VoteAmerica June 2020 ballot chase program.

VoteAmerica June 2020 ballot chase program.

Prepared by: Rachael Firestone, M.A. and Christopher Mann, Ph.D. with Annie Wang, J.D. Originally published on September 28, 2020


In large-scale randomized controlled tests during the June primaries in five states, VoteAmerica demonstrated that treatments using MMS text messaging and robocalls generate significant increases in the return of mail ballots. Message testing indicates that multiple message strategies are successful, with no statistically significant differences among messages. Messages are drawn from pre-pandemic SMS mobilization tests or carefully framed pandemic-related messages. A single round of treatment increased turnout by one-third of a percentage point in a test for June 2nd primaries. Two rounds of treatment increased turnout by nearly one percentage point in a test for June 9th primaries.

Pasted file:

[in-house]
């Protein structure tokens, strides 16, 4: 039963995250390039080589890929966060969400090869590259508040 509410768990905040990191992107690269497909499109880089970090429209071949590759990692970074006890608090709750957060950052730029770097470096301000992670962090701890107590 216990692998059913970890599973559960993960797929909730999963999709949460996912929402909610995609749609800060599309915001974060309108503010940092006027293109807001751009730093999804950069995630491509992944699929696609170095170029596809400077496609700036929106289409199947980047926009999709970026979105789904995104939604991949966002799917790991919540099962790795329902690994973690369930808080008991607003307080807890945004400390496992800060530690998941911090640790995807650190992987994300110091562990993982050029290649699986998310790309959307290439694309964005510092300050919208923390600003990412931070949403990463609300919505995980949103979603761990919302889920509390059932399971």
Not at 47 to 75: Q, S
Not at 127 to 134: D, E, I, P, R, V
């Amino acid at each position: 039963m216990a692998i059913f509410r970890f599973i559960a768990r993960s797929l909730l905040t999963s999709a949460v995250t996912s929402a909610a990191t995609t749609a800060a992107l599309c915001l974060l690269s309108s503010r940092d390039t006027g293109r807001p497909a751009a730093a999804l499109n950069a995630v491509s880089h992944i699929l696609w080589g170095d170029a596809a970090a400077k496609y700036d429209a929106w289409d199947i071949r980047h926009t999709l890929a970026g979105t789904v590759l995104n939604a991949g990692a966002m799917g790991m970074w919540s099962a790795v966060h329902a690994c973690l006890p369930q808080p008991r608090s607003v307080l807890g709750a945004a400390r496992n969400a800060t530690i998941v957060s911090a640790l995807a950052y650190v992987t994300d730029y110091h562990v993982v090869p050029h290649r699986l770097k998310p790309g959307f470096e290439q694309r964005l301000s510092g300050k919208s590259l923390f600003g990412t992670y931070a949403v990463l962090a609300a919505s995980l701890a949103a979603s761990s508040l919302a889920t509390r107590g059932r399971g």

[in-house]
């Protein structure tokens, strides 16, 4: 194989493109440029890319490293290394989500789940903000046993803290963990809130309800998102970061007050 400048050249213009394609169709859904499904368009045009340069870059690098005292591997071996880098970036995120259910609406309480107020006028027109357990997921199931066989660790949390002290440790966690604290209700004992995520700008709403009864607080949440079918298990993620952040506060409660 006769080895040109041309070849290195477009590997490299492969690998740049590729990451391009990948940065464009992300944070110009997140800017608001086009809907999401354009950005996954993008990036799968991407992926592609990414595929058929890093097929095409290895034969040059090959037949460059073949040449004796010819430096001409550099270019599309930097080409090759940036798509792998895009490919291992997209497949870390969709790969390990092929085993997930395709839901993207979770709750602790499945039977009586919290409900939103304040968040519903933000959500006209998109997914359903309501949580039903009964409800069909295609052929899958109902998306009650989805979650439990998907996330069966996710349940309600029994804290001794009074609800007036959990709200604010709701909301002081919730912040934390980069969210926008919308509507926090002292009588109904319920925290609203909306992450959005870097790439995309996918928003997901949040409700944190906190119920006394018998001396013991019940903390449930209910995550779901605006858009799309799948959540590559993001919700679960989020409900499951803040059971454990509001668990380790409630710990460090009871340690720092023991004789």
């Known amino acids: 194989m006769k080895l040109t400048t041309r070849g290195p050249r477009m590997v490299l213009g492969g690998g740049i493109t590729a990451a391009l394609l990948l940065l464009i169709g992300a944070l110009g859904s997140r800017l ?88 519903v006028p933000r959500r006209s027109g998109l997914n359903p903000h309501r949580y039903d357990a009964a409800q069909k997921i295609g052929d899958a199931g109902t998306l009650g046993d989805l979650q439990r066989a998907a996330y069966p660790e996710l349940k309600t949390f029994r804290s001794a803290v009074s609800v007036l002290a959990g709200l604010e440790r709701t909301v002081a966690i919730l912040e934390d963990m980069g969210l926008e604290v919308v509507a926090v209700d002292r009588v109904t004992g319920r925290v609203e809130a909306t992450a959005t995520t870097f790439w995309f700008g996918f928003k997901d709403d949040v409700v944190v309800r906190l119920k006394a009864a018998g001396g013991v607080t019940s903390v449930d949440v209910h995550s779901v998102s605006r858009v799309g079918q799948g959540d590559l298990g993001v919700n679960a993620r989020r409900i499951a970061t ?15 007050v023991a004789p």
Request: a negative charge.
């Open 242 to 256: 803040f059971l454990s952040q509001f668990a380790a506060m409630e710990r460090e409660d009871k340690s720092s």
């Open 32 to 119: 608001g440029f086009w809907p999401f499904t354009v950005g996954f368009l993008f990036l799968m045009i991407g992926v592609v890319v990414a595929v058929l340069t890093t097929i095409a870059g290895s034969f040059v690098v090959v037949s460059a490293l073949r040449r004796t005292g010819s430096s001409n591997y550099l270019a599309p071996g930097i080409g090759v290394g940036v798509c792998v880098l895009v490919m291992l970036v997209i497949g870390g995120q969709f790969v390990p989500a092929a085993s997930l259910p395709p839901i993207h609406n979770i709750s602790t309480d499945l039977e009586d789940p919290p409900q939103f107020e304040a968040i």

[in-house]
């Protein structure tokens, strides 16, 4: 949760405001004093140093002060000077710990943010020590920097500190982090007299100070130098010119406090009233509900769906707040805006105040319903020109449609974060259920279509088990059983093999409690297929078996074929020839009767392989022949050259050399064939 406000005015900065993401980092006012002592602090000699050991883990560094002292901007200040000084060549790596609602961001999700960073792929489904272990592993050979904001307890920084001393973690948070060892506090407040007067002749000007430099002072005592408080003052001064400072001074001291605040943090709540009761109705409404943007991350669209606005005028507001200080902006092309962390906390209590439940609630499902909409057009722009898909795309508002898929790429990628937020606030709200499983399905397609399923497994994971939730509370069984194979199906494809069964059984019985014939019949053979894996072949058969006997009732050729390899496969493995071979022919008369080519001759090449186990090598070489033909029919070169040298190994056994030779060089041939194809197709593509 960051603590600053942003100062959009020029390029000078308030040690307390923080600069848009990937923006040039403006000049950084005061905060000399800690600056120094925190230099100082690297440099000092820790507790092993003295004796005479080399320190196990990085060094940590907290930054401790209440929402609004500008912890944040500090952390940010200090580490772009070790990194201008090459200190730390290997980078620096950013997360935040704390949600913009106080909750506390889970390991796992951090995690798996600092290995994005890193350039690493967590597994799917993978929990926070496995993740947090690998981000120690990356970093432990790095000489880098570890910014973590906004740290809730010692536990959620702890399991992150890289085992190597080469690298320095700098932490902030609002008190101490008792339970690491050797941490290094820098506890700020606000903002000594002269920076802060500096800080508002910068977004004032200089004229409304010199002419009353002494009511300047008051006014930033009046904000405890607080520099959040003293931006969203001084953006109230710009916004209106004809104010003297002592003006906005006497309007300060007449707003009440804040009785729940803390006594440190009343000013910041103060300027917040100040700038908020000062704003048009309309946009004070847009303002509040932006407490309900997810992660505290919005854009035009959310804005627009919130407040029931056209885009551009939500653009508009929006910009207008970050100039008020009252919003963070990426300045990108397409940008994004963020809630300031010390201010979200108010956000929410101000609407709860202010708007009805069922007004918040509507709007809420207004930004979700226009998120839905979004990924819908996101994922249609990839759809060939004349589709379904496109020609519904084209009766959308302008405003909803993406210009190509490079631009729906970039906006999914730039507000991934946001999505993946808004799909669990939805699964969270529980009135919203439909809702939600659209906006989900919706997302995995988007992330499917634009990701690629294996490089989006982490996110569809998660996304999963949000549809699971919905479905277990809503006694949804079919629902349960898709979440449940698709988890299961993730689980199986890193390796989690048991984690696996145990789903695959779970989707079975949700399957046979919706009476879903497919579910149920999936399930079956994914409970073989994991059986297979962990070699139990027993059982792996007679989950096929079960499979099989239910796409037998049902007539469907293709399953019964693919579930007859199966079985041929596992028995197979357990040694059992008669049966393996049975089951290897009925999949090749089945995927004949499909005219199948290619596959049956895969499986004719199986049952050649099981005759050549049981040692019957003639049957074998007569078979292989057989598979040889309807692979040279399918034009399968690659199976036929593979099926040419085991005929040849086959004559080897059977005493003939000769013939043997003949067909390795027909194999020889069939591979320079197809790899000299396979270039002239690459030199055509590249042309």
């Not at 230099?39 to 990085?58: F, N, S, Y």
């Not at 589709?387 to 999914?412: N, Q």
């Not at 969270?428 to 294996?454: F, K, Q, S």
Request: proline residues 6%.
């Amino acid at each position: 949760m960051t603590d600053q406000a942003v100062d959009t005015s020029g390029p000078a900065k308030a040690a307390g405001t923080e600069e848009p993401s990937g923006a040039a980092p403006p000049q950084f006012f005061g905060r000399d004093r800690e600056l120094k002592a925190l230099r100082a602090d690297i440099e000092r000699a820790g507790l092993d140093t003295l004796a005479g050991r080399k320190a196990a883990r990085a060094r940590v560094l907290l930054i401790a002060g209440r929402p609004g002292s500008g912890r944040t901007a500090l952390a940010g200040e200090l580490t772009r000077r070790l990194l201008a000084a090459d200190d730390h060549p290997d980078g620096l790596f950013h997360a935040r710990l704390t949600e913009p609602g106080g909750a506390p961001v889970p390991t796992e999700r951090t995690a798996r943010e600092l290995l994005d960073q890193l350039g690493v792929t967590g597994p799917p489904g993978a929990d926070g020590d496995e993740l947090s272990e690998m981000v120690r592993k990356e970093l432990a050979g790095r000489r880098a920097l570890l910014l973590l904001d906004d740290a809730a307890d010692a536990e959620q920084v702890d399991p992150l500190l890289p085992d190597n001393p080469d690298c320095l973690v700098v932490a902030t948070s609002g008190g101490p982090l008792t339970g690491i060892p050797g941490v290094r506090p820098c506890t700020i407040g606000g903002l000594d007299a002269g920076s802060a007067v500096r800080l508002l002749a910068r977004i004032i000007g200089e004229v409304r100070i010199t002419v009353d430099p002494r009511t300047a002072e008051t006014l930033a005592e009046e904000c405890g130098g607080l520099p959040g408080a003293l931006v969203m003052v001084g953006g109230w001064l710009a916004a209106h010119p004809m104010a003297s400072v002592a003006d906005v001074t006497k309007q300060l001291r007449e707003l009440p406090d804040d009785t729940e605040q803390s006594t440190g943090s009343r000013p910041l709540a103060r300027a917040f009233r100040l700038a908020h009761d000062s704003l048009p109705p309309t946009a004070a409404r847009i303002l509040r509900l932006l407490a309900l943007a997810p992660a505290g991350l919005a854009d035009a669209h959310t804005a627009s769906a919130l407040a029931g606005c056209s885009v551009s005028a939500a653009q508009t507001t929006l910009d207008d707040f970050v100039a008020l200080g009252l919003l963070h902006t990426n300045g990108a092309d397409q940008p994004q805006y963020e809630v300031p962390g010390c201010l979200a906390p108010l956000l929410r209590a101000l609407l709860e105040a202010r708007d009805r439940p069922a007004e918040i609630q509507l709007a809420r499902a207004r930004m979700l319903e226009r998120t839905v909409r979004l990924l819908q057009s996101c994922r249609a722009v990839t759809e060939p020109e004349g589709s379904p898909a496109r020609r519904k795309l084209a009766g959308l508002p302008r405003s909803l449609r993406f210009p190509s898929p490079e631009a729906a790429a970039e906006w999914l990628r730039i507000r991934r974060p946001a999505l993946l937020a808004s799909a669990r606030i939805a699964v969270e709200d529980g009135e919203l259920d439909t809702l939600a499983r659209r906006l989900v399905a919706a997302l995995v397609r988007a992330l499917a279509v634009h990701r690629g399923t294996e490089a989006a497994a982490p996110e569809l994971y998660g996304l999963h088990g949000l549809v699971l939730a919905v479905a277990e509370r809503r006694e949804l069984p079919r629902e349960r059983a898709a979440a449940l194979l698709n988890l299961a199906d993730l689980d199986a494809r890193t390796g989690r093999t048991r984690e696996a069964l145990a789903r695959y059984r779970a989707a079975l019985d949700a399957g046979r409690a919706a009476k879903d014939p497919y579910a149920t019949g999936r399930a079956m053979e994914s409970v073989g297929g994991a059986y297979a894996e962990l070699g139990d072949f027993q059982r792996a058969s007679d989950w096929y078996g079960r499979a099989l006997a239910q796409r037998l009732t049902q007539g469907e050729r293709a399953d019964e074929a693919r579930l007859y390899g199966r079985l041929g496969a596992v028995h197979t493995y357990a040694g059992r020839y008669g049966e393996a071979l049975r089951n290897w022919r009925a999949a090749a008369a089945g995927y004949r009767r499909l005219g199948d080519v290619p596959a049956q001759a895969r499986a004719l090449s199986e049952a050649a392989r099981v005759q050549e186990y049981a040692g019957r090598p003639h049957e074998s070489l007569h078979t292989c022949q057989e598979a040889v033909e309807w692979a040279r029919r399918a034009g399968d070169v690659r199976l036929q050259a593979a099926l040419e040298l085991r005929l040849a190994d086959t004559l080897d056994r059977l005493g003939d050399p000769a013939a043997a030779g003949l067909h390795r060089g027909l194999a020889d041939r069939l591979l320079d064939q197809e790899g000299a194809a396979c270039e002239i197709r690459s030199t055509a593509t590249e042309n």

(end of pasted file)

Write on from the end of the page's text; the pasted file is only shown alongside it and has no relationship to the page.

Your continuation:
Due to the challenges of voting in person during the COVID-19 pandemic, many individuals have turned to casting a ballot by mail in 2020. However, relatively little research has been devoted to encouraging voters to return mail ballots. The goal of this program was to inform future mail ballot chase programs by shedding light on the impact of receiving encouragement to return mail ballots and the most effective message for doing so.

This testing was conducted in five states during primaries conducted in June 2020. The three states differed in their past VBM use and approach to VBM in the primary. Maryland and Nevada mailed ballots to every registered voter, which was a large administrative change from relatively low levels of no-excuse mail ballots in prior elections in each state. The Georgia Secretary of State sent mail ballot applications to every registered voter in Georgia for the primary election, a significant change from prior practice although no-excuse mail ballots have been available in Georgia for some time. New Mexico election officials and civic organizations strongly encouraged voters to request mail ballots under long-standing rules to allow no-excuse mail ballots. Pennsylvania allowed no-excuse mail ballots for the first time in the 2020 primary election. Originally scheduled for April 28th, PA’s primary was postponed to June 2nd due to public health concerns and use of mail ballots was strongly encouraged in the interim.